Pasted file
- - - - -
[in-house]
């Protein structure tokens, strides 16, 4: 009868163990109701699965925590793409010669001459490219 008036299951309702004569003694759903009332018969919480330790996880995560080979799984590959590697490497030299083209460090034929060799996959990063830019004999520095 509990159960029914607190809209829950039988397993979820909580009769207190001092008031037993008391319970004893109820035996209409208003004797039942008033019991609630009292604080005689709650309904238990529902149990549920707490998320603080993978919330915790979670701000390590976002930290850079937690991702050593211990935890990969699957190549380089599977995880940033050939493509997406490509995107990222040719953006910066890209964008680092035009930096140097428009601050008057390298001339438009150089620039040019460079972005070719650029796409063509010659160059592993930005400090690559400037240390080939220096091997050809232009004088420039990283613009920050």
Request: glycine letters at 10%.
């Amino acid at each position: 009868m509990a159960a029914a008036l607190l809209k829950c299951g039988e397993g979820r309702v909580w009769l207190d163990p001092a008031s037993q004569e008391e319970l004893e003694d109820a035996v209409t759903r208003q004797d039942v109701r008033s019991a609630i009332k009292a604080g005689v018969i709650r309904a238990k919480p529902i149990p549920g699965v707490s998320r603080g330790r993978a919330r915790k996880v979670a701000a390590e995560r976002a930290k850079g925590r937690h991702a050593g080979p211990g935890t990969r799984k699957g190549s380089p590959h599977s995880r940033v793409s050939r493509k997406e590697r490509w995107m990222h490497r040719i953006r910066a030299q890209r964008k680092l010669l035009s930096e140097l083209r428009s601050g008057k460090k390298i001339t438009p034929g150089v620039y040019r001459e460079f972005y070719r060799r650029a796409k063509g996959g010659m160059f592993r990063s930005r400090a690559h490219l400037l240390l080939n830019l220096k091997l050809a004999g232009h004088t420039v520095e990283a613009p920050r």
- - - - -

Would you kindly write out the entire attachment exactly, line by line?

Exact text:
[in-house]
């Protein structure tokens, strides 16, 4: 009868163990109701699965925590793409010669001459490219 008036299951309702004569003694759903009332018969919480330790996880995560080979799984590959590697490497030299083209460090034929060799996959990063830019004999520095 509990159960029914607190809209829950039988397993979820909580009769207190001092008031037993008391319970004893109820035996209409208003004797039942008033019991609630009292604080005689709650309904238990529902149990549920707490998320603080993978919330915790979670701000390590976002930290850079937690991702050593211990935890990969699957190549380089599977995880940033050939493509997406490509995107990222040719953006910066890209964008680092035009930096140097428009601050008057390298001339438009150089620039040019460079972005070719650029796409063509010659160059592993930005400090690559400037240390080939220096091997050809232009004088420039990283613009920050």
Request: glycine letters at 10%.
């Amino acid at each position: 009868m509990a159960a029914a008036l607190l809209k829950c299951g039988e397993g979820r309702v909580w009769l207190d163990p001092a008031s037993q004569e008391e319970l004893e003694d109820a035996v209409t759903r208003q004797d039942v109701r008033s019991a609630i009332k009292a604080g005689v018969i709650r309904a238990k919480p529902i149990p549920g699965v707490s998320r603080g330790r993978a919330r915790k996880v979670a701000a390590e995560r976002a930290k850079g925590r937690h991702a050593g080979p211990g935890t990969r799984k699957g190549s380089p590959h599977s995880r940033v793409s050939r493509k997406e590697r490509w995107m990222h490497r040719i953006r910066a030299q890209r964008k680092l010669l035009s930096e140097l083209r428009s601050g008057k460090k390298i001339t438009p034929g150089v620039y040019r001459e460079f972005y070719r060799r650029a796409k063509g996959g010659m160059f592993r990063s930005r400090a690559h490219l400037l240390l080939n830019l220096k091997l050809a004999g232009h004088t420039v520095e990283a613009p920050r």